Reports estimate as many as 750 people were crowded on the fishing boat, far exceeding its capacity, headed from Libya to Italy.
Tragedy befell a fishing boat carrying refugees and migrants from Greece to Italy when it capsized and sank some 47 nautical miles (about 54 miles) south of the Greek town of Pylos. The full scope of the disaster has yet to be revealed, as authorities have yet to pin down exactly how many people were on the boat.
Reports vary about the number of victims, with some citing as few as 400 and others suggesting as many as 750 people may have been crammed on the boat, far exceeding its capacity. As of Wednesday afternoon, only about 100 survivors had been rescued, with 78 pulled from the waters already deceased. Not one of those who were discovered, alive or dead, was found wearing a life jacket. Officials fear the number of deceased will rise significantly in the coming days.
According to Al Jazeera, a massive rescue operation is underway that has drawn on six coastguard vessels, a navy frigate, a military transport, and an air force helicopter. Even some private vessels have joined in the search effort where every second counts. The fear is that the sunken ship took hundreds of souls down with it.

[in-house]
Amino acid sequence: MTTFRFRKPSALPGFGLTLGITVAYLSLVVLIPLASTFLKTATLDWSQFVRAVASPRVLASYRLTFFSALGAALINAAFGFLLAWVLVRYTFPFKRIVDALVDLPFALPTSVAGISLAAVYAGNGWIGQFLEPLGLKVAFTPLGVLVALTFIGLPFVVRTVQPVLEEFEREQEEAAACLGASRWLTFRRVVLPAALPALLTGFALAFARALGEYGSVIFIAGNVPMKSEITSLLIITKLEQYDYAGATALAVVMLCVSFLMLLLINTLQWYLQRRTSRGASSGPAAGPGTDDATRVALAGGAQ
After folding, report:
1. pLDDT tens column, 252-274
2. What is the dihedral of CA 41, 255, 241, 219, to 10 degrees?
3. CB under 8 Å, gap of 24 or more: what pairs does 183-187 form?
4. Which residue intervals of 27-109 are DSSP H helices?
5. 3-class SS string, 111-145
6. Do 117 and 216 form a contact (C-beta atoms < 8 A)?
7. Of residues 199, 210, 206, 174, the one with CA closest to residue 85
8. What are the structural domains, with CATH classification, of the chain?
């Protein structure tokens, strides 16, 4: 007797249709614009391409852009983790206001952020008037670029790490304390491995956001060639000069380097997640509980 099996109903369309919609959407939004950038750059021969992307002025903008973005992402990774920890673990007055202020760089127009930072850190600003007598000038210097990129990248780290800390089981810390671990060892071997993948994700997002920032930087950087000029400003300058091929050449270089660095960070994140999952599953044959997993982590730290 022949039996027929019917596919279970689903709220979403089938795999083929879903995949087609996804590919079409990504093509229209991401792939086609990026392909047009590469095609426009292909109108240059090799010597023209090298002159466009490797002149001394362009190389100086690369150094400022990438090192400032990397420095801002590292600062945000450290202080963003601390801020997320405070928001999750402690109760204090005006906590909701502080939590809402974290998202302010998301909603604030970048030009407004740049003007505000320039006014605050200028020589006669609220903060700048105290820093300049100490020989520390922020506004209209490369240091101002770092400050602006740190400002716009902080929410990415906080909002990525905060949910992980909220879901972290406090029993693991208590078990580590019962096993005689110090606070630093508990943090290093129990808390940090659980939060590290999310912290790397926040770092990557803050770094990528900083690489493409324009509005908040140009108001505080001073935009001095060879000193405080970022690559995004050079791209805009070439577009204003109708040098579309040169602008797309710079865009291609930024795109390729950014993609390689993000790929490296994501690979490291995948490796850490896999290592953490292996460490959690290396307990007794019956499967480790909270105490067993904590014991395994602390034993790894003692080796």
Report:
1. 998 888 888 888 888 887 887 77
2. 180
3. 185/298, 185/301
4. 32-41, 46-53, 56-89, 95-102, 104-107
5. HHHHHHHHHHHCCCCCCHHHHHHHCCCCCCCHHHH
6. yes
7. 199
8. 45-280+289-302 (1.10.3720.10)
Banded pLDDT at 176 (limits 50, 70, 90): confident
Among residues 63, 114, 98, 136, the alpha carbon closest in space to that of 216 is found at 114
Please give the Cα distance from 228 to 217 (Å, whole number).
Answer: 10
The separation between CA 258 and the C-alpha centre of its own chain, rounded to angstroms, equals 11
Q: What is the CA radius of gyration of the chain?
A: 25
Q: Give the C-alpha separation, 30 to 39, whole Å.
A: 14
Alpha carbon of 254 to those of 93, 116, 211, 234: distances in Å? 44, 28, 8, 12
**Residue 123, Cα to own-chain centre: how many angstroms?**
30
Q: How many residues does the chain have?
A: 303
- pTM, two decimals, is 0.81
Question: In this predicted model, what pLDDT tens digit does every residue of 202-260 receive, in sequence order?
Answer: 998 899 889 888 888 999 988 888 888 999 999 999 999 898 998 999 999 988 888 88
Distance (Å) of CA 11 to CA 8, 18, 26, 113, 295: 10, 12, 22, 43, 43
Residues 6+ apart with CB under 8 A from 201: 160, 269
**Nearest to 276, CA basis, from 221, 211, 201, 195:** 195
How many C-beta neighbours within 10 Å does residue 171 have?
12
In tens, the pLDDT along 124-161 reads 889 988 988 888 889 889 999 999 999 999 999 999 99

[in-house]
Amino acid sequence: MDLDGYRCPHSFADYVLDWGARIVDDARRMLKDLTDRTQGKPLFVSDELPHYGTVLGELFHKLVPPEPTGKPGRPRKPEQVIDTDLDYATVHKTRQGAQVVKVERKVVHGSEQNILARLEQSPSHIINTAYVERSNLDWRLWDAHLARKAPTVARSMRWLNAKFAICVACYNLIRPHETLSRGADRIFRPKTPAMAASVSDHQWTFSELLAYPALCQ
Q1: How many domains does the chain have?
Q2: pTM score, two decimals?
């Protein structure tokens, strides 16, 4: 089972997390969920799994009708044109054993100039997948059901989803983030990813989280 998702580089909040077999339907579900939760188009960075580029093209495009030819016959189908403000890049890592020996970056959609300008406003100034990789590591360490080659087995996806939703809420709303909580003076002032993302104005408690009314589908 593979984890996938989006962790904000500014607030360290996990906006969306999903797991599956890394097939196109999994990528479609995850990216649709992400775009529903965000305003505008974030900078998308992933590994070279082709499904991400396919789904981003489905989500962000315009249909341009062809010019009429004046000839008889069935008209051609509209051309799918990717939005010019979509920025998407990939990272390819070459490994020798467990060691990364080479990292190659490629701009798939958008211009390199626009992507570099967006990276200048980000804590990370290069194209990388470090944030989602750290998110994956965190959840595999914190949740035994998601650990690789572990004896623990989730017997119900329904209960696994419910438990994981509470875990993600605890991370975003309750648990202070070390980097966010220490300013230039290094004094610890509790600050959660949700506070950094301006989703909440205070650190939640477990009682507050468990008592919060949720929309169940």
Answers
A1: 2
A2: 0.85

Greek authorities have launched an investigation of the incident, tracking the ship from the eastern coast of Libya to Greece. The vessel would have next headed to Italy when the incident occurred. While Al Jazeera describes the incident as an accident, it is unknown exactly what caused the ship to capsize, but it is suggested that it may have been due to how drastically overloaded the boat was.
What is known so far paints a picture of a chaotic string of events that started with a distress call made to the NGO service Alarm Phone. CNN reports that the initial call was hard to understand, but it was expressed that the boat was out of fresh water and passengers feared they would not last the night. The captain reportedly left the ship three hours after the first emergency call.
In the afternoon, the ship was approached by a merchant vessel that provided them with water and food, but the fishing boat refused further help from a second merchant vessel later that evening. The ship was also approached by the coast guard, which confirmed a large number of people on board. The fishing boat refused assistance from the coast guard, however, which could do little besides let them pass in international waters.
One more emergency call was placed around 1 am, which only said “Hello my friend … The ship you send is …” before it was cut off. This was the last communication with the fishing boat before it was lost.
In the first half of 2023, the number of people who have risked the dangerous Mediterranean waters more than doubled the 2022 total, surpassing 36,000. Greece has been at the center of this migration crisis, as routes from Africa, Asia, and the Middle east to Europe all pass through the Greek isles.